Week 13: Black Man in a White Coat

Home Forums Julio’s Sections Week 13: Black Man in a White Coat

Viewing 2 posts - 1 through 2 (of 2 total)
  • Author
  • #860

    Wow…these first chapters of Damon Tweedy’s book are so powerful and connect many of the concepts we have already discussed in class to a personal story very close to UNC. The introduction and first chapter immediately reminded me of the article by Linda Villarosa, “Why America’s Black Mothers and Babies are in a Life or Death Crisis”, because Tweedy explains that for almost every type of disease or health problem, he almost expected his professors to say that the disease was more common in African Americans that White Americans because he heard it so often. In the second chapter, Tweedy describes his experience with his patient’s stories and chart talk. He states, “I’d grown far too comfortable categorizing people as organ systems or diseases. Much of it was simply modeling what I saw senior medical students and doctors do” (Tweedy, 32). Tweedy explains that when he was a student in medical school, he had just been following his professors and limiting patients down to their ‘chart talk’. He is able to understand Cheryl Mattingly’s idea of narrative reasoning in his experience with the patient Leslie. He learns that there is so much more to her than her chart and that her care was understood by knowing her story. His patients stories become more important to him as he works with young, pregnant girls. He states “the more patients I saw, the stronger my desire was to learn more about their surrounding worlds and how their environment influenced their overall health” (Tweedy, 49). This connects to the importance of narratives and storytelling in helping patients. It also brings up the importance of Jonathan Metzl and Helena Hansen’s idea of structural competency. Tweedy mentions that he strove to understand the relationship between health and environmental/structural factors his patients were in and this is exactly what Metzl and Hansen were also discussing.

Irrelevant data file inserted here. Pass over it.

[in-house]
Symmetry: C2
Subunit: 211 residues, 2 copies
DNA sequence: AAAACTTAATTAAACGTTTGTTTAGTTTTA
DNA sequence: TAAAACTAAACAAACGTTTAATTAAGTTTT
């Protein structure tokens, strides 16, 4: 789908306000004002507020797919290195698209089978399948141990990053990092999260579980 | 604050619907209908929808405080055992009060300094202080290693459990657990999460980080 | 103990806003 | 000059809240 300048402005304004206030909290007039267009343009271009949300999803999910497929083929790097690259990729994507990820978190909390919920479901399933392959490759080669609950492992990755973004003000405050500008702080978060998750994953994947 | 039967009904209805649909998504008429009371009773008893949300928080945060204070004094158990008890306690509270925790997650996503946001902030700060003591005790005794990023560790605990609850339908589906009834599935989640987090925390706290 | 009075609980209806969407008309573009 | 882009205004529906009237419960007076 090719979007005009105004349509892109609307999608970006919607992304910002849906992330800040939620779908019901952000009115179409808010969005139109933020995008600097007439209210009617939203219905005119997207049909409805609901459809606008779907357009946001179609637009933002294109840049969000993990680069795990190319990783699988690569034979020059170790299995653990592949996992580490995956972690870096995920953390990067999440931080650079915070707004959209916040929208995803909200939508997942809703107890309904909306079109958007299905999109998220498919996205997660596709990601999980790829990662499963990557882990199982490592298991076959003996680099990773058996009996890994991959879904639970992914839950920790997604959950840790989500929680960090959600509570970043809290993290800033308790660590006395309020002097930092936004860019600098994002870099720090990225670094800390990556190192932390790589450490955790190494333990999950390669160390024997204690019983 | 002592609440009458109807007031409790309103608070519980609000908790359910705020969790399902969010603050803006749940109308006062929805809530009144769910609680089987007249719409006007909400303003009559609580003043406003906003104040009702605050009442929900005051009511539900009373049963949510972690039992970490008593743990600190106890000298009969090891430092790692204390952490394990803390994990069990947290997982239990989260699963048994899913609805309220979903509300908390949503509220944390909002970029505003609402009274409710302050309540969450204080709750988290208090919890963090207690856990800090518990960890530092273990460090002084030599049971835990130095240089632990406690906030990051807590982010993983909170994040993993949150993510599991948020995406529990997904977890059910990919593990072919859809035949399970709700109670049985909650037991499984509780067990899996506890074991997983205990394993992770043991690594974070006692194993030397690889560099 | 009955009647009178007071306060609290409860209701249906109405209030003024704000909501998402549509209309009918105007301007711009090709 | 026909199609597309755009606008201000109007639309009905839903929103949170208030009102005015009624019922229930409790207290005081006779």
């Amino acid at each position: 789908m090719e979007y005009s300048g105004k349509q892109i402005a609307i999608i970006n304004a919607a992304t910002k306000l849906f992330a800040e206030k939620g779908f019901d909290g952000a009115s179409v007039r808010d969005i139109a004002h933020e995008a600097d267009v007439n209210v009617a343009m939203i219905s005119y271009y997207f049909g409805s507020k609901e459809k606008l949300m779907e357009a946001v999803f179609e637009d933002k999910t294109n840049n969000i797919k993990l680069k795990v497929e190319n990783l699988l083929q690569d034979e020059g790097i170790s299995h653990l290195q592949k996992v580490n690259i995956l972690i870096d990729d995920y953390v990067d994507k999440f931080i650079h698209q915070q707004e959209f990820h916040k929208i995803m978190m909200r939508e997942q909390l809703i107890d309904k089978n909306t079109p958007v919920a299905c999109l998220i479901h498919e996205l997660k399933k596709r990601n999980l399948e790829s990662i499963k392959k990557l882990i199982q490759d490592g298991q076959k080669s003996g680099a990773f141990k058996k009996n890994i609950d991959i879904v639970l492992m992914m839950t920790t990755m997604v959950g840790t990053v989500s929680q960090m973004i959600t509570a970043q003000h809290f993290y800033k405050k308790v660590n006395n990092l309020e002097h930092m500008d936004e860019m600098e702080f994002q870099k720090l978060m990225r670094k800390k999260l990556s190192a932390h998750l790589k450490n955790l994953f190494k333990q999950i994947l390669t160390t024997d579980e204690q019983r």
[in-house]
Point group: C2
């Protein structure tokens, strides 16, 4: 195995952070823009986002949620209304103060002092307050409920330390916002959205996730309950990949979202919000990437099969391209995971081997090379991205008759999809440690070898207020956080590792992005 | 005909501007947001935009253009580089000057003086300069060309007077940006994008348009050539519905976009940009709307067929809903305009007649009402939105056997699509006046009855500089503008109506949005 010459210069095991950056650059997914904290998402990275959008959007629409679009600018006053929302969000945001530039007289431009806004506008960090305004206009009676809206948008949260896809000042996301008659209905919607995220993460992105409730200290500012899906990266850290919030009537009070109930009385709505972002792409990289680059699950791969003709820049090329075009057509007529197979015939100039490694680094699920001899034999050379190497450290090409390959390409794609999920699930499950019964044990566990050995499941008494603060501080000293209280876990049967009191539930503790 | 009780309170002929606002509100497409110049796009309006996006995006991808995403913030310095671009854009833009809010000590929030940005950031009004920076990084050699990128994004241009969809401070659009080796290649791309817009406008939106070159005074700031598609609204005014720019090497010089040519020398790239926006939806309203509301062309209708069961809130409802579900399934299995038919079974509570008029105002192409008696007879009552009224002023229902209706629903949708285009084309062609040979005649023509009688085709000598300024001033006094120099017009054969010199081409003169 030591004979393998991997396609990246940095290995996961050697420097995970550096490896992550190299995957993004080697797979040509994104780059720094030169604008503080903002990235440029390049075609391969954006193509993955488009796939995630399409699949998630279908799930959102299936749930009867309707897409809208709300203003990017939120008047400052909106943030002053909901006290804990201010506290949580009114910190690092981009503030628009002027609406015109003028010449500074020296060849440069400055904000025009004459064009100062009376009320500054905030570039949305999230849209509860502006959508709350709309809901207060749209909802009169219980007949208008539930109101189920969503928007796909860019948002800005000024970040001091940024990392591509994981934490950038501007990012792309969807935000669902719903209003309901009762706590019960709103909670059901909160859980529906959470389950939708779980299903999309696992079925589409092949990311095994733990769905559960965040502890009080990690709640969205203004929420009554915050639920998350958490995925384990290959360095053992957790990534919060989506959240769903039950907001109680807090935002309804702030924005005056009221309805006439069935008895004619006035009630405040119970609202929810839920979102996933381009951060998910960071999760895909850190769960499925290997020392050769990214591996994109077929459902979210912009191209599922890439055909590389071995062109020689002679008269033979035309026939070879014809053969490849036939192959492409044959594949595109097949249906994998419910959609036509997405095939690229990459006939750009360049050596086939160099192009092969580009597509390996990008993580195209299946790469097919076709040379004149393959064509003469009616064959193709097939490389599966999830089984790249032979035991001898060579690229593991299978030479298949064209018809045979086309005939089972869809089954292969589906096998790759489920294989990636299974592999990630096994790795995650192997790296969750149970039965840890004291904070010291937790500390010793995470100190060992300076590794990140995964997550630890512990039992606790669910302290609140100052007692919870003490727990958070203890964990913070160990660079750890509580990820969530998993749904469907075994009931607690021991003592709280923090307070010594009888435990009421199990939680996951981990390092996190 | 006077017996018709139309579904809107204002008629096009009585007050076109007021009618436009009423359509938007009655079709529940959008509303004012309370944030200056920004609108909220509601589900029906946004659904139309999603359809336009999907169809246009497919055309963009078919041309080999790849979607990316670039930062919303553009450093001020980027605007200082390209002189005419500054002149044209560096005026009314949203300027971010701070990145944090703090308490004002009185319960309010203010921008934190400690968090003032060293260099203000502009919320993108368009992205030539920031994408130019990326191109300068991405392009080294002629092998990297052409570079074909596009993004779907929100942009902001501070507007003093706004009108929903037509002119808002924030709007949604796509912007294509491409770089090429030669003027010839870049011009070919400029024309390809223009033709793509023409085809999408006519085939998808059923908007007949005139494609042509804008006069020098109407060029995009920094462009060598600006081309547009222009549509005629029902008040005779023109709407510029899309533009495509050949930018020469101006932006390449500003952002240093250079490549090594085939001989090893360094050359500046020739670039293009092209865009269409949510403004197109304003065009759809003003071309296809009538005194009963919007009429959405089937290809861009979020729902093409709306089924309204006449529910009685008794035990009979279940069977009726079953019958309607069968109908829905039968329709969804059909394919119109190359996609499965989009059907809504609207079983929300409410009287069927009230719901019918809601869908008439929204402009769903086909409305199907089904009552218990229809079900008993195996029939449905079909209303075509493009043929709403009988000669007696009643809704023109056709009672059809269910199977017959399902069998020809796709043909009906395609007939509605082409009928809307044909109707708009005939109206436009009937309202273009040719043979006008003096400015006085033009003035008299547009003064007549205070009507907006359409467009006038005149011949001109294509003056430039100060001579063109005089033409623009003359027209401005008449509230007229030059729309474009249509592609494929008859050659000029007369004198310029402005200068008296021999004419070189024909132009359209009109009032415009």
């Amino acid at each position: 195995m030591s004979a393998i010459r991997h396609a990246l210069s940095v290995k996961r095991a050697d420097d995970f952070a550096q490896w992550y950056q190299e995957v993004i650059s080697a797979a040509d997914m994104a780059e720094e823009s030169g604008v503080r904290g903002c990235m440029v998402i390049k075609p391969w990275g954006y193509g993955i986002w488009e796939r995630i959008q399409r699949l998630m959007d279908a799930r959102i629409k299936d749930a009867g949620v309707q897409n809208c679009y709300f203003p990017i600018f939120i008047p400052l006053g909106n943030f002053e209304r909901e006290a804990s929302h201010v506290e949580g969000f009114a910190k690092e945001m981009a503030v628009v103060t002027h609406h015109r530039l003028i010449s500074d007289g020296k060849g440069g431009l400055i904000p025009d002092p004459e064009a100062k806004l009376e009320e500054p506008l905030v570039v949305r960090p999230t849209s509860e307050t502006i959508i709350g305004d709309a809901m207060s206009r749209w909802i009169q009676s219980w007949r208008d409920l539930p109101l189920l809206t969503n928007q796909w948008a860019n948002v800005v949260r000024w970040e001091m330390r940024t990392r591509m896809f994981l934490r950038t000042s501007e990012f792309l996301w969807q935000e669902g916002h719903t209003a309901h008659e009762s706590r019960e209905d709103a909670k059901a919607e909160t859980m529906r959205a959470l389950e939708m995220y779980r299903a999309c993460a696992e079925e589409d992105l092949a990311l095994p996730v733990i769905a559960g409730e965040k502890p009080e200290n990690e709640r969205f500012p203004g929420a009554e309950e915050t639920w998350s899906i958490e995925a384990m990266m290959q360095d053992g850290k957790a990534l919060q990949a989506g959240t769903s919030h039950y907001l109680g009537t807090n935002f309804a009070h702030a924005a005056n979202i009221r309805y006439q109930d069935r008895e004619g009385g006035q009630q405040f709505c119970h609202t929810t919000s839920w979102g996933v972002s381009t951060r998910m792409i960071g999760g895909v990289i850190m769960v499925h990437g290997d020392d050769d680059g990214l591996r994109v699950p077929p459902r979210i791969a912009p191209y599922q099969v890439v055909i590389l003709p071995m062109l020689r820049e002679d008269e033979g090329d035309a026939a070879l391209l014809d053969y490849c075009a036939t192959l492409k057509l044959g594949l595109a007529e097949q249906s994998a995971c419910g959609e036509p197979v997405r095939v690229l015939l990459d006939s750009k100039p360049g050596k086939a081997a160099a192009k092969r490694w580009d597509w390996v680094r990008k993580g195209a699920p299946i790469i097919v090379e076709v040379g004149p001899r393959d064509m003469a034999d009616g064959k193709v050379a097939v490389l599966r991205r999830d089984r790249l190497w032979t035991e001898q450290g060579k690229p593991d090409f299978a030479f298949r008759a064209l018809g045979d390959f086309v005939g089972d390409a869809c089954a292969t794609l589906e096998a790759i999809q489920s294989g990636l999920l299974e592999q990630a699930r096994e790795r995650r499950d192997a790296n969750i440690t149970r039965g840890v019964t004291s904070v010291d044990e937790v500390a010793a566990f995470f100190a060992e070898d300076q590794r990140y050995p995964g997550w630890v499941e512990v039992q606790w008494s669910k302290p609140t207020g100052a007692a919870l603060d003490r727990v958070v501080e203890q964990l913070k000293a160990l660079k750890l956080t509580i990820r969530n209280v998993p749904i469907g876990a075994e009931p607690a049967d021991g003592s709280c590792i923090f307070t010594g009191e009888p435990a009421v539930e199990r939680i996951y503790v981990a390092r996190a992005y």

I loved all the connections you made to other works we’ve read and discussed. I also thought there was a deep connection between the first chapters of the book and the NYT article, “Why America‚Äôs Black Mothers and Babies are in a Life or Death Crisis,” the contrast between Leslie’s outcome and Landrum’s was very stark. Your point about Tweedy’s “chart talk” made me think about the disparity between the over-medicalized language of doctors and the actual symptoms and suffering of their patients, i.e. the “disease” vs. “illness” conversation in Kleinman’s work. I feel like we also see the “sickness” portrayed in the conversation between the nurse and doctor, the former being immediately dismissive and condescending when regarding Leslie because of her substance use. It’s interesting to see how these difficult experiences in his medical education impacted Dr. Tweedy’s growing role as a healer. Although shocked by the system and its inner workings, Tweedy is able to transcend these limitations by harnessing the power of narrative reasoning and structural competency, as you mentioned in your analysis.

Viewing 2 posts - 1 through 2 (of 2 total)
  • You must be logged in to reply to this topic.